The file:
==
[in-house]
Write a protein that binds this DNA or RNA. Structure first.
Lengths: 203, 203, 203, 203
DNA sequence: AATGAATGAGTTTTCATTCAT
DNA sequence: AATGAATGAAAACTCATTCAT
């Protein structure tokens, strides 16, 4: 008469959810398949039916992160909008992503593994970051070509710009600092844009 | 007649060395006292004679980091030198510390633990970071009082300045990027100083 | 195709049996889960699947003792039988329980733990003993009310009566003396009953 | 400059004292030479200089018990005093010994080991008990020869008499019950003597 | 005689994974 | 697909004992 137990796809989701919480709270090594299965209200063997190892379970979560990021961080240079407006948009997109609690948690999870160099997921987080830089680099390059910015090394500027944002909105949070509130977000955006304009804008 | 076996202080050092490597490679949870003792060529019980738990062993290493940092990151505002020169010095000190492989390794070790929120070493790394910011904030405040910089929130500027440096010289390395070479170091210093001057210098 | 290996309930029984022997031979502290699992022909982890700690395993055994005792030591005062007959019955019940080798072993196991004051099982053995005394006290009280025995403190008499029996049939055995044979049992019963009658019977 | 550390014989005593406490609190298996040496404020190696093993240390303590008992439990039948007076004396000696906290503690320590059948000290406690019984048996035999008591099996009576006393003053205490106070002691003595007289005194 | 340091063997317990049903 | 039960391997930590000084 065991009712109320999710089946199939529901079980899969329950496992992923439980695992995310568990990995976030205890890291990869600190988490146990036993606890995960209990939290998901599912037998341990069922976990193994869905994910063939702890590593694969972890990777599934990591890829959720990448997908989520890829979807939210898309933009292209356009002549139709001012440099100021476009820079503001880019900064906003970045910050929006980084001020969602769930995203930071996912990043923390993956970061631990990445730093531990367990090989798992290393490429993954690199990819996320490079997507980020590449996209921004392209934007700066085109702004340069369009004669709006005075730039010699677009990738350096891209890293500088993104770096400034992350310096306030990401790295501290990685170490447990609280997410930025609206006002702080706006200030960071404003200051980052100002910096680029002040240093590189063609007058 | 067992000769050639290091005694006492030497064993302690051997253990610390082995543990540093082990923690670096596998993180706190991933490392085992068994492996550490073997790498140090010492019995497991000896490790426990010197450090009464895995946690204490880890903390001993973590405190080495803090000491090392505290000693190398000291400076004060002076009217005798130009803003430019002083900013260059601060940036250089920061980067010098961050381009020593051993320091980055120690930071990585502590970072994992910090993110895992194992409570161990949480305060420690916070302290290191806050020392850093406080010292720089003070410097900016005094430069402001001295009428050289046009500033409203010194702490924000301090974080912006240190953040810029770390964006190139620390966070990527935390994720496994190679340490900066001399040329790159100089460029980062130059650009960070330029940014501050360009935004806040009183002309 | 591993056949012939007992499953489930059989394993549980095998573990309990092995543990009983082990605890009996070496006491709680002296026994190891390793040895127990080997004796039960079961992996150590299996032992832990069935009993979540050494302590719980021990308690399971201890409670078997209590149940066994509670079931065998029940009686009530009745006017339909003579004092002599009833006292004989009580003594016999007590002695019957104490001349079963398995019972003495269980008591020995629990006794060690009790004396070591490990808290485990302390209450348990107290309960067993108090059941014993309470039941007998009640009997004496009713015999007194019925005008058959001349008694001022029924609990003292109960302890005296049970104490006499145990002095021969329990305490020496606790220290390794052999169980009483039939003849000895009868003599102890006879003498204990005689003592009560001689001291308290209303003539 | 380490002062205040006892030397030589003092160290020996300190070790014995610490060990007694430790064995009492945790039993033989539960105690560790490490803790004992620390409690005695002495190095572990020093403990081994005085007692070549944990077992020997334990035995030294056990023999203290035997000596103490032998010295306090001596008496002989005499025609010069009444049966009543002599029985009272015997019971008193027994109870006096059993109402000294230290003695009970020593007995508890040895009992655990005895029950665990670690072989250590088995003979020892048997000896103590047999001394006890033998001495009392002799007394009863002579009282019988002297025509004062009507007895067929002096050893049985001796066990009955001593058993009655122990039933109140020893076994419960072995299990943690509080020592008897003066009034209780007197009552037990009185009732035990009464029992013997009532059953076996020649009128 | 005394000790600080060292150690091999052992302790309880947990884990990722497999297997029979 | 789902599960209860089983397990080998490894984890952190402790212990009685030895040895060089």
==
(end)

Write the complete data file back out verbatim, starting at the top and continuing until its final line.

[in-house]
Write a protein that binds this DNA or RNA. Structure first.
Lengths: 203, 203, 203, 203
DNA sequence: AATGAATGAGTTTTCATTCAT
DNA sequence: AATGAATGAAAACTCATTCAT
């Protein structure tokens, strides 16, 4: 008469959810398949039916992160909008992503593994970051070509710009600092844009 | 007649060395006292004679980091030198510390633990970071009082300045990027100083 | 195709049996889960699947003792039988329980733990003993009310009566003396009953 | 400059004292030479200089018990005093010994080991008990020869008499019950003597 | 005689994974 | 697909004992 137990796809989701919480709270090594299965209200063997190892379970979560990021961080240079407006948009997109609690948690999870160099997921987080830089680099390059910015090394500027944002909105949070509130977000955006304009804008 | 076996202080050092490597490679949870003792060529019980738990062993290493940092990151505002020169010095000190492989390794070790929120070493790394910011904030405040910089929130500027440096010289390395070479170091210093001057210098 | 290996309930029984022997031979502290699992022909982890700690395993055994005792030591005062007959019955019940080798072993196991004051099982053995005394006290009280025995403190008499029996049939055995044979049992019963009658019977 | 550390014989005593406490609190298996040496404020190696093993240390303590008992439990039948007076004396000696906290503690320590059948000290406690019984048996035999008591099996009576006393003053205490106070002691003595007289005194 | 340091063997317990049903 | 039960391997930590000084 065991009712109320999710089946199939529901079980899969329950496992992923439980695992995310568990990995976030205890890291990869600190988490146990036993606890995960209990939290998901599912037998341990069922976990193994869905994910063939702890590593694969972890990777599934990591890829959720990448997908989520890829979807939210898309933009292209356009002549139709001012440099100021476009820079503001880019900064906003970045910050929006980084001020969602769930995203930071996912990043923390993956970061631990990445730093531990367990090989798992290393490429993954690199990819996320490079997507980020590449996209921004392209934007700066085109702004340069369009004669709006005075730039010699677009990738350096891209890293500088993104770096400034992350310096306030990401790295501290990685170490447990609280997410930025609206006002702080706006200030960071404003200051980052100002910096680029002040240093590189063609007058 | 067992000769050639290091005694006492030497064993302690051997253990610390082995543990540093082990923690670096596998993180706190991933490392085992068994492996550490073997790498140090010492019995497991000896490790426990010197450090009464895995946690204490880890903390001993973590405190080495803090000491090392505290000693190398000291400076004060002076009217005798130009803003430019002083900013260059601060940036250089920061980067010098961050381009020593051993320091980055120690930071990585502590970072994992910090993110895992194992409570161990949480305060420690916070302290290191806050020392850093406080010292720089003070410097900016005094430069402001001295009428050289046009500033409203010194702490924000301090974080912006240190953040810029770390964006190139620390966070990527935390994720496994190679340490900066001399040329790159100089460029980062130059650009960070330029940014501050360009935004806040009183002309 | 591993056949012939007992499953489930059989394993549980095998573990309990092995543990009983082990605890009996070496006491709680002296026994190891390793040895127990080997004796039960079961992996150590299996032992832990069935009993979540050494302590719980021990308690399971201890409670078997209590149940066994509670079931065998029940009686009530009745006017339909003579004092002599009833006292004989009580003594016999007590002695019957104490001349079963398995019972003495269980008591020995629990006794060690009790004396070591490990808290485990302390209450348990107290309960067993108090059941014993309470039941007998009640009997004496009713015999007194019925005008058959001349008694001022029924609990003292109960302890005296049970104490006499145990002095021969329990305490020496606790220290390794052999169980009483039939003849000895009868003599102890006879003498204990005689003592009560001689001291308290209303003539 | 380490002062205040006892030397030589003092160290020996300190070790014995610490060990007694430790064995009492945790039993033989539960105690560790490490803790004992620390409690005695002495190095572990020093403990081994005085007692070549944990077992020997334990035995030294056990023999203290035997000596103490032998010295306090001596008496002989005499025609010069009444049966009543002599029985009272015997019971008193027994109870006096059993109402000294230290003695009970020593007995508890040895009992655990005895029950665990670690072989250590088995003979020892048997000896103590047999001394006890033998001495009392002799007394009863002579009282019988002297025509004062009507007895067929002096050893049985001796066990009955001593058993009655122990039933109140020893076994419960072995299990943690509080020592008897003066009034209780007197009552037990009185009732035990009464029992013997009532059953076996020649009128 | 005394000790600080060292150690091999052992302790309880947990884990990722497999297997029979 | 789902599960209860089983397990080998490894984890952190402790212990009685030895040895060089």